Battle for the Mind; A Physiology of Conversion and Brain-Washingby William Walters Sargant, William Sargent
How can an evangelist convert a hardboiled sophisticate? Why does a POW sign a "confession" that he knows is false? How is a criminal pressured into admitting his guilt? Do the evangelist, the POW's captor, and the policeman use similar methods to gain their ends? These and other compelling questions are discussed in this definitive work by William Sargant. Sargant explains and illustrates the basic techniques used by evangelists, psychiatrists, and brain-washers to dissolve existing, established patterns of belief, and then substitute new beliefs and behaviors.
- Institute for Study of Human Knowledge
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- 5.50(w) x 8.50(h) x 0.73(d)
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THIS BOOK IS SOMETHING OF A SECRET TO THE GENERAL PUBLIC. IT HAS A CULT STATUS WITH COGNOSCENTI. ALTHOUGH IT DEALS WITH INDIVIDUAL MIND CONTROL IT EASILY SHIFTS TO GROUP NOTIONS AND BRINGS US UP TO THE "MEDIA IS THE MESSAGE" AND THE MICROCHIPPED AND NANO PARTICLE GENERATION. FILLED WITH PROVOCATIVE INSIGHTS AND TRIPS TO MYSTERIOUS PLACES AND RITUALS. PHOTOS OF THE SAME ARE INCLUDED. THIS IS A MUST READ AND ILLUMINATES OUR EVERYDAY EXPERIENCE WITHE THE MEDIA, DEAD BEAT SOCIAL ENGINEERING THRU ENDLESS ADVERTISING AND FAKE NEWS AND ENDLESS DISINFORMATION.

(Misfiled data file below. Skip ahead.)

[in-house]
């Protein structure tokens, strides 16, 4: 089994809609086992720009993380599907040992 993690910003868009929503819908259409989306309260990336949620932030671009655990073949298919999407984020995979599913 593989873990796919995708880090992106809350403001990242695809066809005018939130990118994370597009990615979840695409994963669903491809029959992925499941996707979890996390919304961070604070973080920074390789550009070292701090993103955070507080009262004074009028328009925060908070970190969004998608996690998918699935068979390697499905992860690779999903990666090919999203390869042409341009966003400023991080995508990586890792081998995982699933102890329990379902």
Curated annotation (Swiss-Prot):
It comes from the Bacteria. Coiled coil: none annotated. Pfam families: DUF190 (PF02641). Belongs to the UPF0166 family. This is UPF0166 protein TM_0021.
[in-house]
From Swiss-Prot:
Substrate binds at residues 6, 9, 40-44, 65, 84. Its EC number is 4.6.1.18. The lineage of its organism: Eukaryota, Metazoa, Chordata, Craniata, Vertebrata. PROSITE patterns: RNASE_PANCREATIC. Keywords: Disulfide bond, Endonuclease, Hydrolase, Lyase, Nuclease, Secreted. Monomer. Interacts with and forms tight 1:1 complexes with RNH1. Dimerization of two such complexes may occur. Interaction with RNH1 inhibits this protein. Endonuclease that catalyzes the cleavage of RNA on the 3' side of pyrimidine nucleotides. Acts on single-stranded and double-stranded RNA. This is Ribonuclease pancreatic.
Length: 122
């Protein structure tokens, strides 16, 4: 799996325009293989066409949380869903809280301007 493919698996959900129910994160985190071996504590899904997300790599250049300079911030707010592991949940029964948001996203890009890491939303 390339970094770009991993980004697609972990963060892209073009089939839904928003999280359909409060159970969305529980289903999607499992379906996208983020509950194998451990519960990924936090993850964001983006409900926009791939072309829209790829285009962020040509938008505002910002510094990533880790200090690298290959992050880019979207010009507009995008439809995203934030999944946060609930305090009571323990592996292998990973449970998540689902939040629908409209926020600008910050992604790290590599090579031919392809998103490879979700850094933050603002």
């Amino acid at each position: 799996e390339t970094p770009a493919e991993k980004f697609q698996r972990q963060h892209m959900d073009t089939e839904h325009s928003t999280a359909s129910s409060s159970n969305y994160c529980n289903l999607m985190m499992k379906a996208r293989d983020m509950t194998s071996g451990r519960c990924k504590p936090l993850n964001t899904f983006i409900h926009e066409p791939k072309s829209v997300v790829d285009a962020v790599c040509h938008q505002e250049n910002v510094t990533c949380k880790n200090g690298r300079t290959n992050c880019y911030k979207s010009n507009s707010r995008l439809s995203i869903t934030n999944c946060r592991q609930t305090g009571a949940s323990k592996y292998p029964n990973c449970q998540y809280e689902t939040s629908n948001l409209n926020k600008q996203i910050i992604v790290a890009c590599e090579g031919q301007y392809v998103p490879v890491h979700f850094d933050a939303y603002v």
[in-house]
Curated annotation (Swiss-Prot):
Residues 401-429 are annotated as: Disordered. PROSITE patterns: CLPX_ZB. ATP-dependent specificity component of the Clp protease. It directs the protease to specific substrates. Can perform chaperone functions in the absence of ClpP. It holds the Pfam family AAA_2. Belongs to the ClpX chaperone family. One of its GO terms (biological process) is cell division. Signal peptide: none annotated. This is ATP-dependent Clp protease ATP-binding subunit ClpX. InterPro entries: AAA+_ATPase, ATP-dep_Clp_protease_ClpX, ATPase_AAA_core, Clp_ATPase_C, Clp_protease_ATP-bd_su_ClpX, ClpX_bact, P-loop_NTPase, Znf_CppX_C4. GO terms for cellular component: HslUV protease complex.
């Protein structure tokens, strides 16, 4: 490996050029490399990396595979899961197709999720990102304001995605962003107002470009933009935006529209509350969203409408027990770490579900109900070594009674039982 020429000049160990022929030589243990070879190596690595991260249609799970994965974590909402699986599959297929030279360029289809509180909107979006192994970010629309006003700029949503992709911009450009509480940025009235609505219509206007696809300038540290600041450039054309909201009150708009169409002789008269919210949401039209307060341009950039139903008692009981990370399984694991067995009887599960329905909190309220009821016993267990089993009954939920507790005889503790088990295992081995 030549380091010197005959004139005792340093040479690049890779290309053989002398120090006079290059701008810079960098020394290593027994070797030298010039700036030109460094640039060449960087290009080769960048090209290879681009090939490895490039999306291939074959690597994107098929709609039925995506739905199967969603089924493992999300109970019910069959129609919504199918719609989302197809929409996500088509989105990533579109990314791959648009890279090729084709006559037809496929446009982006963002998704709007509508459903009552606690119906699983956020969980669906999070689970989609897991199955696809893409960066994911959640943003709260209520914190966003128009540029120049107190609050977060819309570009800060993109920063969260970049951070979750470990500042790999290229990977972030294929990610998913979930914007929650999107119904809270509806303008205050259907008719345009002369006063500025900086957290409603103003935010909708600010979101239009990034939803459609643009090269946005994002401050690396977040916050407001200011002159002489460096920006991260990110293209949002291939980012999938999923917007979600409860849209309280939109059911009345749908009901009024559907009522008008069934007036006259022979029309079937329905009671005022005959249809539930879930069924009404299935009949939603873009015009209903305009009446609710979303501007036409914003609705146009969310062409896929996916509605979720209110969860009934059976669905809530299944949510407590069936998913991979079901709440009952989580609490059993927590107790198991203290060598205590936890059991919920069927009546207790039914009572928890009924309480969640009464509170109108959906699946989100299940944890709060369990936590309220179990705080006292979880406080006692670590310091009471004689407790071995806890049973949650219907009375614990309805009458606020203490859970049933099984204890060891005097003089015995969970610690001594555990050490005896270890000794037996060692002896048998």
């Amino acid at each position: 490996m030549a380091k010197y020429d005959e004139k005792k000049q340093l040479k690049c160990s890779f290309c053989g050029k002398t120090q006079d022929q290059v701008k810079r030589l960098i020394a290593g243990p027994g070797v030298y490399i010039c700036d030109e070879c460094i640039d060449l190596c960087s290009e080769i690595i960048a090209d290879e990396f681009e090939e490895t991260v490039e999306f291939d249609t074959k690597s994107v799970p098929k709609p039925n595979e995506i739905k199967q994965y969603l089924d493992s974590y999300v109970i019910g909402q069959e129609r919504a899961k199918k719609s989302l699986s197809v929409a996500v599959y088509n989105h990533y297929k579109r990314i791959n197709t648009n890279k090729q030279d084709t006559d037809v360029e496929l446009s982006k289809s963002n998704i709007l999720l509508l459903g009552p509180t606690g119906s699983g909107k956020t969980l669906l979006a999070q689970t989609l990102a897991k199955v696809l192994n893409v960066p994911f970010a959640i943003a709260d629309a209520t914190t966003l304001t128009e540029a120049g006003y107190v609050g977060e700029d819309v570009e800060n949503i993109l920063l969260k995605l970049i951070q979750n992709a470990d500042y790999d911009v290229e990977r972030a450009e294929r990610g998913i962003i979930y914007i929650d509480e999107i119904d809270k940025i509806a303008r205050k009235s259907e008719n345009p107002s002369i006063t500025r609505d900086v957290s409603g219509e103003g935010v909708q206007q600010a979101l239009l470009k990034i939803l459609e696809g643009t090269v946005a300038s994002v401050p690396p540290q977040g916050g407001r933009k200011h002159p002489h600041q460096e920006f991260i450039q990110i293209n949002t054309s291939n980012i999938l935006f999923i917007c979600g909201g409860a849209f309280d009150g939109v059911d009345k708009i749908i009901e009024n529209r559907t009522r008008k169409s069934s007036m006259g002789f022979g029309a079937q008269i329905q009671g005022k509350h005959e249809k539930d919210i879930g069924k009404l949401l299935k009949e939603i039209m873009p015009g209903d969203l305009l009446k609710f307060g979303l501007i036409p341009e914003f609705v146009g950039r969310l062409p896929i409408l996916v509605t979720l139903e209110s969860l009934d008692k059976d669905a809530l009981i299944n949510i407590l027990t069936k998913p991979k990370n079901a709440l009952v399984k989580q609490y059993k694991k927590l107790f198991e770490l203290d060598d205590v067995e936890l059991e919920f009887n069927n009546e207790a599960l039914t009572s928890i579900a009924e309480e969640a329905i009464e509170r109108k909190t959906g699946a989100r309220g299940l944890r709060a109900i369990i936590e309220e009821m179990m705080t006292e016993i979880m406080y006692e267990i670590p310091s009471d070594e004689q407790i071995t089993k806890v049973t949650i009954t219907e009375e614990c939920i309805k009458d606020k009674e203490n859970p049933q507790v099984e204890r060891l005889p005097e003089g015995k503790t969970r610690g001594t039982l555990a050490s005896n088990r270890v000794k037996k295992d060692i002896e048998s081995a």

This book was a collaboration between Sargant and Robert Graves, the British poet and novelist, who had experienced severe mental trauma during World War I. Graves participation helps explain how such an incredible range of history and anthropology got included to explain Sargant's basic thesis. Sargant shows that under severe and/or prolonged stress, the mind can change radically, profoundly, and with lasting (though not necessarily permanent) results -- regardless of the moral and social perspective of the person involved. Brainwashers, Sargant shows, use this situation to get people to do things they normally wouldn't consider. A compassionate psychologist, however, can use it to genuinely help a person recover from a trauma. Or, as in many religious conversions and 'mystical' experiences as far back as ancient times, a controlled form of stress such as ritual drum beats can be used therapeutically. Sargant speaks from a great range of direct professional experience, not academic speculation. The book is very compelling.